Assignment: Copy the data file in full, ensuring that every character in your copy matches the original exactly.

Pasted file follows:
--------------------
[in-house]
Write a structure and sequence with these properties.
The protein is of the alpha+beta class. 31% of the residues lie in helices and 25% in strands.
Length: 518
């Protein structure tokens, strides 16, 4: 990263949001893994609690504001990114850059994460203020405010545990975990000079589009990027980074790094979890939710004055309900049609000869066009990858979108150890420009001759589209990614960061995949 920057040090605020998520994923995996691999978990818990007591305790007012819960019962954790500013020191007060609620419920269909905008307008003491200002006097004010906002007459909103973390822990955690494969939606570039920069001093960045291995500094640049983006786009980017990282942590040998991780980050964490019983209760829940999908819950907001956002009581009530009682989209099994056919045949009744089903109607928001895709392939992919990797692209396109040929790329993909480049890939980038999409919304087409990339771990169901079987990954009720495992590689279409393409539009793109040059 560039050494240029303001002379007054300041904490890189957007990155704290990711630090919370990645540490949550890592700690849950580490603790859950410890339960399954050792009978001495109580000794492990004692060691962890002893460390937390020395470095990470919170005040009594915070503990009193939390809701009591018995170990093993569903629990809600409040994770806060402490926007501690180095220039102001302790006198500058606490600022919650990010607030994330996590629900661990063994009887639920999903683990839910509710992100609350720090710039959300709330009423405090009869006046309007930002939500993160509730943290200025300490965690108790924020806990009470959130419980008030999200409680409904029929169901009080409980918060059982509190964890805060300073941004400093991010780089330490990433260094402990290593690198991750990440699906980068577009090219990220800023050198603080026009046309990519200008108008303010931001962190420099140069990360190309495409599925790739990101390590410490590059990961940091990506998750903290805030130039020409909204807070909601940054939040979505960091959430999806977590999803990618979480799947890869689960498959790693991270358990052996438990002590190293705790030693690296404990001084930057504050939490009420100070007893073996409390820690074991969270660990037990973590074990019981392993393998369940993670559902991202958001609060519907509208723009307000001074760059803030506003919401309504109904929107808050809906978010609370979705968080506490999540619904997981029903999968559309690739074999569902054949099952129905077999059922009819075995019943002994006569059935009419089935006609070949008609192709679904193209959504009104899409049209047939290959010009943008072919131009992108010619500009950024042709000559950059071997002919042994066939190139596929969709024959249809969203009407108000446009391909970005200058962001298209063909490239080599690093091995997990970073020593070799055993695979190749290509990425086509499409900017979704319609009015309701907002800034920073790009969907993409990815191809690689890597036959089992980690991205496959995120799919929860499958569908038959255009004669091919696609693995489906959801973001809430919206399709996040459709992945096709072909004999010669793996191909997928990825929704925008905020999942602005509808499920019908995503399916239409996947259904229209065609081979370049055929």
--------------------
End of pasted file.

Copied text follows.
[in-house]
Write a structure and sequence with these properties.
The protein is of the alpha+beta class. 31% of the residues lie in helices and 25% in strands.
Length: 518
């Protein structure tokens, strides 16, 4: 990263949001893994609690504001990114850059994460203020405010545990975990000079589009990027980074790094979890939710004055309900049609000869066009990858979108150890420009001759589209990614960061995949 920057040090605020998520994923995996691999978990818990007591305790007012819960019962954790500013020191007060609620419920269909905008307008003491200002006097004010906002007459909103973390822990955690494969939606570039920069001093960045291995500094640049983006786009980017990282942590040998991780980050964490019983209760829940999908819950907001956002009581009530009682989209099994056919045949009744089903109607928001895709392939992919990797692209396109040929790329993909480049890939980038999409919304087409990339771990169901079987990954009720495992590689279409393409539009793109040059 560039050494240029303001002379007054300041904490890189957007990155704290990711630090919370990645540490949550890592700690849950580490603790859950410890339960399954050792009978001495109580000794492990004692060691962890002893460390937390020395470095990470919170005040009594915070503990009193939390809701009591018995170990093993569903629990809600409040994770806060402490926007501690180095220039102001302790006198500058606490600022919650990010607030994330996590629900661990063994009887639920999903683990839910509710992100609350720090710039959300709330009423405090009869006046309007930002939500993160509730943290200025300490965690108790924020806990009470959130419980008030999200409680409904029929169901009080409980918060059982509190964890805060300073941004400093991010780089330490990433260094402990290593690198991750990440699906980068577009090219990220800023050198603080026009046309990519200008108008303010931001962190420099140069990360190309495409599925790739990101390590410490590059990961940091990506998750903290805030130039020409909204807070909601940054939040979505960091959430999806977590999803990618979480799947890869689960498959790693991270358990052996438990002590190293705790030693690296404990001084930057504050939490009420100070007893073996409390820690074991969270660990037990973590074990019981392993393998369940993670559902991202958001609060519907509208723009307000001074760059803030506003919401309504109904929107808050809906978010609370979705968080506490999540619904997981029903999968559309690739074999569902054949099952129905077999059922009819075995019943002994006569059935009419089935006609070949008609192709679904193209959504009104899409049209047939290959010009943008072919131009992108010619500009950024042709000559950059071997002919042994066939190139596929969709024959249809969203009407108000446009391909970005200058962001298209063909490239080599690093091995997990970073020593070799055993695979190749290509990425086509499409900017979704319609009015309701907002800034920073790009969907993409990815191809690689890597036959089992980690991205496959995120799919929860499958569908038959255009004669091919696609693995489906959801973001809430919206399709996040459709992945096709072909004999010669793996191909997928990825929704925008905020999942602005509808499920019908995503399916239409996947259904229209065609081979370049055929």